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Marshfield Ag Station: 2017 Was Second Wettest Spring in 100 Years
Wisconsin Ag Connection - 07/11/2017

There's no doubt that farmers had to deal with excessive moisture conditions so far this year. But just how wet are we compared to other growing seasons? According to University of Wisconsin-Extension Agronomist Joe Lauer, the period between January 1 and July 4 was close to setting new records.

Lauer analyzed data recorded at the UW-Marshfield Ag Research Station and found that the 2017 growing season is the second wettest to date over the last century.

"I went back and used 100 years of weather data at Marshfield," Lauer said. "So far, 24.6 inches of precipitation have been measured. The wettest year was 1973 when 25.8 inches were measured to July 4, followed by 1942 when 23.8 inches was recorded. The year 1993 was the fourth wettest at 22.3 inches."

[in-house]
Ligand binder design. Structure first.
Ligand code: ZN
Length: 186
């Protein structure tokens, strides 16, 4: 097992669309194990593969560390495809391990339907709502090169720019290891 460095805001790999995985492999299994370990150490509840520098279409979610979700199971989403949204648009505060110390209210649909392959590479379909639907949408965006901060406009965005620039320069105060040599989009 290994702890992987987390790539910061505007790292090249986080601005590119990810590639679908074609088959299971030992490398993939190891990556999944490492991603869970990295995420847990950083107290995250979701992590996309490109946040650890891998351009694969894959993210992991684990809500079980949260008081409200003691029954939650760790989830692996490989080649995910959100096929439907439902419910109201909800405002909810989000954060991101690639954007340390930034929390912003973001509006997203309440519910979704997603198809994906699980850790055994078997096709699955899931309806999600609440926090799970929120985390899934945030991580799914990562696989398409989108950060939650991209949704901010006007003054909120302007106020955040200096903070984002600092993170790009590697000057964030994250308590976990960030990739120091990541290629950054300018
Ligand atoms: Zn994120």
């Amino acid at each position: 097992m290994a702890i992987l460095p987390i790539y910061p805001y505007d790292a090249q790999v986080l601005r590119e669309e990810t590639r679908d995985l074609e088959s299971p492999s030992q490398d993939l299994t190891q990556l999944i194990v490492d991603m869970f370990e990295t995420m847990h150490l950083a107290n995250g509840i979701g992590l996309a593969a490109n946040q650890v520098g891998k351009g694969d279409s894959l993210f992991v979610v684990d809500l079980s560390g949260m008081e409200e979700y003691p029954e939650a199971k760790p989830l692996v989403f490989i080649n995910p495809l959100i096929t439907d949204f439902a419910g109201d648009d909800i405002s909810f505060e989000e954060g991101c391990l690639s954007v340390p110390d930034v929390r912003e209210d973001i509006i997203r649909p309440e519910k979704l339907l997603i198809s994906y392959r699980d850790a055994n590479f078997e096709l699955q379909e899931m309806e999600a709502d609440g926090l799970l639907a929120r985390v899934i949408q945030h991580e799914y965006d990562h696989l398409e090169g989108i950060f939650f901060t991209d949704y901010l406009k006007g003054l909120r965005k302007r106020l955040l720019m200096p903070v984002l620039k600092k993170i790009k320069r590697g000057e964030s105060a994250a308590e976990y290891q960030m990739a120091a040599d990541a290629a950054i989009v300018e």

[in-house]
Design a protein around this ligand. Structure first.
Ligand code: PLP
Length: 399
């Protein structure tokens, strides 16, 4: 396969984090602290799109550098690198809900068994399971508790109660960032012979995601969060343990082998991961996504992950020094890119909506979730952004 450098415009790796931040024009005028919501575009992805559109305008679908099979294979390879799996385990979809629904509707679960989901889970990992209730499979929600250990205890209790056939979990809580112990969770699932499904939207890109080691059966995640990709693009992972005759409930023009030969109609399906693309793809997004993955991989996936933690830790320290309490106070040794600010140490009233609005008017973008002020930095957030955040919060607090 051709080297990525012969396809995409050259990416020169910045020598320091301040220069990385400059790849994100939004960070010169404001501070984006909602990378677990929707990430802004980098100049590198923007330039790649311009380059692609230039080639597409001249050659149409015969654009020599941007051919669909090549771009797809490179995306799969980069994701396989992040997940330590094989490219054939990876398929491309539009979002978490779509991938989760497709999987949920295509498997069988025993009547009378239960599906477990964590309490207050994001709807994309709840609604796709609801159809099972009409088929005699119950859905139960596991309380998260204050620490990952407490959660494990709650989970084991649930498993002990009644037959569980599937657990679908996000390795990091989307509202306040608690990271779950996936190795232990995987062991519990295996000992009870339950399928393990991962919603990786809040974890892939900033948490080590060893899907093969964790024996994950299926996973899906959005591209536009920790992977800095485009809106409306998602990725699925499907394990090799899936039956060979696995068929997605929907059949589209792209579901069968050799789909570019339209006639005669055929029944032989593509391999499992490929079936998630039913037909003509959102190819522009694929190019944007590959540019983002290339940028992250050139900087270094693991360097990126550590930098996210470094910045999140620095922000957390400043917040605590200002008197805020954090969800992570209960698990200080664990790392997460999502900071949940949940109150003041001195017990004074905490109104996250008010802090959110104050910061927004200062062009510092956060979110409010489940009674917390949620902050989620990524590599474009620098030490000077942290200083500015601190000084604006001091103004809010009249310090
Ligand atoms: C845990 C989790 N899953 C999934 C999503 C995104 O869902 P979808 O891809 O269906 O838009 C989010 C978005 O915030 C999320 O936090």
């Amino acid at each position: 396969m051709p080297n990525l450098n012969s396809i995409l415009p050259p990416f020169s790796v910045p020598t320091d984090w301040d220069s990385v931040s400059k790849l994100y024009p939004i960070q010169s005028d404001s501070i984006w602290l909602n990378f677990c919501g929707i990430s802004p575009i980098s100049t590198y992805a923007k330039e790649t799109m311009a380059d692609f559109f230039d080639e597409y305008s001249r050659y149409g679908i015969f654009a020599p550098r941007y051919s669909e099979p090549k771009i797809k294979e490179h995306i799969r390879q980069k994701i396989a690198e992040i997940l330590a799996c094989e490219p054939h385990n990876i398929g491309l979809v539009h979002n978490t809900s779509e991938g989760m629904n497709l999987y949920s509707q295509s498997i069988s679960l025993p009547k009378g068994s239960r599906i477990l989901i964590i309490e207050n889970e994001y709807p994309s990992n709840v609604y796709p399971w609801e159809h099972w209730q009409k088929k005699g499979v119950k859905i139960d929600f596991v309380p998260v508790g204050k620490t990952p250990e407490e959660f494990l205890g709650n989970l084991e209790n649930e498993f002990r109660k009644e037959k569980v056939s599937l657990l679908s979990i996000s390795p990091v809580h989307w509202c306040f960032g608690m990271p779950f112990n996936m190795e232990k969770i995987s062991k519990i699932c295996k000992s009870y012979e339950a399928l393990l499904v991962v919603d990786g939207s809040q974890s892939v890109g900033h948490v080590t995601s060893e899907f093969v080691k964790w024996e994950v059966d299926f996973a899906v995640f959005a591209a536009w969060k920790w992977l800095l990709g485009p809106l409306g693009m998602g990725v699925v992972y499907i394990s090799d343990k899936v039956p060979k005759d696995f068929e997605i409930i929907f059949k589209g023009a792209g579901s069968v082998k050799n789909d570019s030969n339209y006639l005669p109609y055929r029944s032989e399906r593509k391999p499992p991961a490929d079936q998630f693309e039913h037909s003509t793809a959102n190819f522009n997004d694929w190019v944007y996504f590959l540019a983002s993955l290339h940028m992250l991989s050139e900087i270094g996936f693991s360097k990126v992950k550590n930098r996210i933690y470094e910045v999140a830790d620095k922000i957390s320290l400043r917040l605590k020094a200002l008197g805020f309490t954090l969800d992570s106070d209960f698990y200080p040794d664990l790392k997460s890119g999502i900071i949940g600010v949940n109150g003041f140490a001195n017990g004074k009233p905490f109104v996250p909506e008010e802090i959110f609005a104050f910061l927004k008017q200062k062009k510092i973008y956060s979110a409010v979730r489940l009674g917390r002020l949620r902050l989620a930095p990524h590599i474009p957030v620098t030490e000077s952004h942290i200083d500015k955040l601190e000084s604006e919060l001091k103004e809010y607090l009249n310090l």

He adds that farmers in most regions of the state faced challenges over the past couple of months as they tried to plant corn and harvest their hay. And those set-backs will likely pose other obstacles later in the year.

"I'm afraid we're going to experience a double-whammy as the wet corn will make it difficult to harvest dry grain, so more of it will need to be chopped for silage," he said.

The ag stations in Marshfield and Arlington are used by the Extension to track the state's average weather patterns each year.

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